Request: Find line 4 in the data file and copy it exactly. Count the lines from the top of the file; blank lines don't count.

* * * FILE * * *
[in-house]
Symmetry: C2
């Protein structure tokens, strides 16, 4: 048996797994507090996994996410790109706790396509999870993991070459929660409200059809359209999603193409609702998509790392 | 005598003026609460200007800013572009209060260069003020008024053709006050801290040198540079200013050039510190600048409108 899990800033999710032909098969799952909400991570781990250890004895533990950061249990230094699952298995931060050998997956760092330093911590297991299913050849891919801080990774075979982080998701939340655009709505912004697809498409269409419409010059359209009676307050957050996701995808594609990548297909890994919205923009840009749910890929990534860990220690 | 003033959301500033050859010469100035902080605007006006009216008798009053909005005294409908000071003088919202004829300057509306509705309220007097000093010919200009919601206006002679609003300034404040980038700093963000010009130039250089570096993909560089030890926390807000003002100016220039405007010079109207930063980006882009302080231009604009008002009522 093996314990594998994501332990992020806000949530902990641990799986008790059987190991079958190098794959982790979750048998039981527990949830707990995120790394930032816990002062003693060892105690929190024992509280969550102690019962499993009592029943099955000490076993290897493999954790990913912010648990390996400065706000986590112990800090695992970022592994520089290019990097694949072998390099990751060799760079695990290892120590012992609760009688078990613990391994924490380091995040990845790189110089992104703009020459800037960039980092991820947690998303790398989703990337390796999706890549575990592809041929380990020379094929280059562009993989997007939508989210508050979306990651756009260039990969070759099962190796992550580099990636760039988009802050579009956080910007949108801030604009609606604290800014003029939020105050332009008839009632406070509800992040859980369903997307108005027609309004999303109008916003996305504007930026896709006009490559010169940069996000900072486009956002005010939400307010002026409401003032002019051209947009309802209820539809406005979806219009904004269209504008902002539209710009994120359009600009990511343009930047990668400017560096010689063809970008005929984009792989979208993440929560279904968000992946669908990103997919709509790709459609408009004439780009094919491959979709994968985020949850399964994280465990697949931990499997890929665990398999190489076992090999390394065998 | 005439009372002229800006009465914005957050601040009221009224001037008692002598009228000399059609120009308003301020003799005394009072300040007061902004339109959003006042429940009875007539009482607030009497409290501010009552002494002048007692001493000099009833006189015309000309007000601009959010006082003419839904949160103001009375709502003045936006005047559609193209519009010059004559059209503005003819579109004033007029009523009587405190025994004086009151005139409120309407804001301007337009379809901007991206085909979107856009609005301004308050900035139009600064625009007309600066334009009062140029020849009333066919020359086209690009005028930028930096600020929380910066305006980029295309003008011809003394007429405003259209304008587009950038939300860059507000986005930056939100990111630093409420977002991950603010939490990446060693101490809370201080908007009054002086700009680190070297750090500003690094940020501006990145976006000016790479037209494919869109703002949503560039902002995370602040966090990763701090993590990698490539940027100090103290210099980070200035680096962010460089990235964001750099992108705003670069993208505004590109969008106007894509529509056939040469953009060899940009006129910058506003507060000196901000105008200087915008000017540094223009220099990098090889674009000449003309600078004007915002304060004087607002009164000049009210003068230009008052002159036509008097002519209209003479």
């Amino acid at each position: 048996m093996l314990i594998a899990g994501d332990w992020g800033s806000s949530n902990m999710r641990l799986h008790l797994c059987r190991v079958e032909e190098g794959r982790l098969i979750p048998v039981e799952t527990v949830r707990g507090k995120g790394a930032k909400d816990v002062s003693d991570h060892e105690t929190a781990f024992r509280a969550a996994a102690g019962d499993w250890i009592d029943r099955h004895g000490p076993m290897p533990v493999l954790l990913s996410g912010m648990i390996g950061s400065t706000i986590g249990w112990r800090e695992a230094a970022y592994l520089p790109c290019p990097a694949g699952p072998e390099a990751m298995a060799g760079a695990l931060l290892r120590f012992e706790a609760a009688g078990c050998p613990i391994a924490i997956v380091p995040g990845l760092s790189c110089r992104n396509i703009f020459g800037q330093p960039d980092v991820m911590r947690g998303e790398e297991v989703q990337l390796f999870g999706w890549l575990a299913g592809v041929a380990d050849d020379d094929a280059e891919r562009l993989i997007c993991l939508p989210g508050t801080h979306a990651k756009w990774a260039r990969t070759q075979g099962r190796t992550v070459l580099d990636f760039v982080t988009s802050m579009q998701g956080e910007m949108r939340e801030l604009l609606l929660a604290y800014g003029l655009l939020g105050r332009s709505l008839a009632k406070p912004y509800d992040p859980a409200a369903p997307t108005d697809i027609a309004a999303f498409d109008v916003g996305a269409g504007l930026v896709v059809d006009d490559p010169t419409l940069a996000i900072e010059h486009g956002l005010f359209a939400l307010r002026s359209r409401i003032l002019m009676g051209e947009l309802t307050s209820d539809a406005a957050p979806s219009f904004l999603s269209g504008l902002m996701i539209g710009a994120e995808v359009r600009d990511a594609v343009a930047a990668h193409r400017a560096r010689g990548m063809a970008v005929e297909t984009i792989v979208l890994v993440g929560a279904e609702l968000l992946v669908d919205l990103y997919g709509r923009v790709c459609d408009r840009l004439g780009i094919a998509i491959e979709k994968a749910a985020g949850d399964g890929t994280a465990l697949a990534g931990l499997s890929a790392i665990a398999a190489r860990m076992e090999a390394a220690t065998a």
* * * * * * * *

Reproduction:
């Amino acid at each position: 048996m093996l314990i594998a899990g994501d332990w992020g800033s806000s949530n902990m999710r641990l799986h008790l797994c059987r190991v079958e032909e190098g794959r982790l098969i979750p048998v039981e799952t527990v949830r707990g507090k995120g790394a930032k909400d816990v002062s003693d991570h060892e105690t929190a781990f024992r509280a969550a996994a102690g019962d499993w250890i009592d029943r099955h004895g000490p076993m290897p533990v493999l954790l990913s996410g912010m648990i390996g950061s400065t706000i986590g249990w112990r800090e695992a230094a970022y592994l520089p790109c290019p990097a694949g699952p072998e390099a990751m298995a060799g760079a695990l931060l290892r120590f012992e706790a609760a009688g078990c050998p613990i391994a924490i997956v380091p995040g990845l760092s790189c110089r992104n396509i703009f020459g800037q330093p960039d980092v991820m911590r947690g998303e790398e297991v989703q990337l390796f999870g999706w890549l575990a299913g592809v041929a380990d050849d020379d094929a280059e891919r562009l993989i997007c993991l939508p989210g508050t801080h979306a990651k756009w990774a260039r990969t070759q075979g099962r190796t992550v070459l580099d990636f760039v982080t988009s802050m579009q998701g956080e910007m949108r939340e801030l604009l609606l929660a604290y800014g003029l655009l939020g105050r332009s709505l008839a009632k406070p912004y509800d992040p859980a409200a369903p997307t108005d697809i027609a309004a999303f498409d109008v916003g996305a269409g504007l930026v896709v059809d006009d490559p010169t419409l940069a996000i900072e010059h486009g956002l005010f359209a939400l307010r002026s359209r409401i003032l002019m009676g051209e947009l309802t307050s209820d539809a406005a957050p979806s219009f904004l999603s269209g504008l902002m996701i539209g710009a994120e995808v359009r600009d990511a594609v343009a930047a990668h193409r400017a560096r010689g990548m063809a970008v005929e297909t984009i792989v979208l890994v993440g929560a279904e609702l968000l992946v669908d919205l990103y997919g709509r923009v790709c459609d408009r840009l004439g780009i094919a998509i491959e979709k994968a749910a985020g949850d399964g890929t994280a465990l697949a990534g931990l499997s890929a790392i665990a398999a190489r860990m076992e090999a390394a220690t065998a």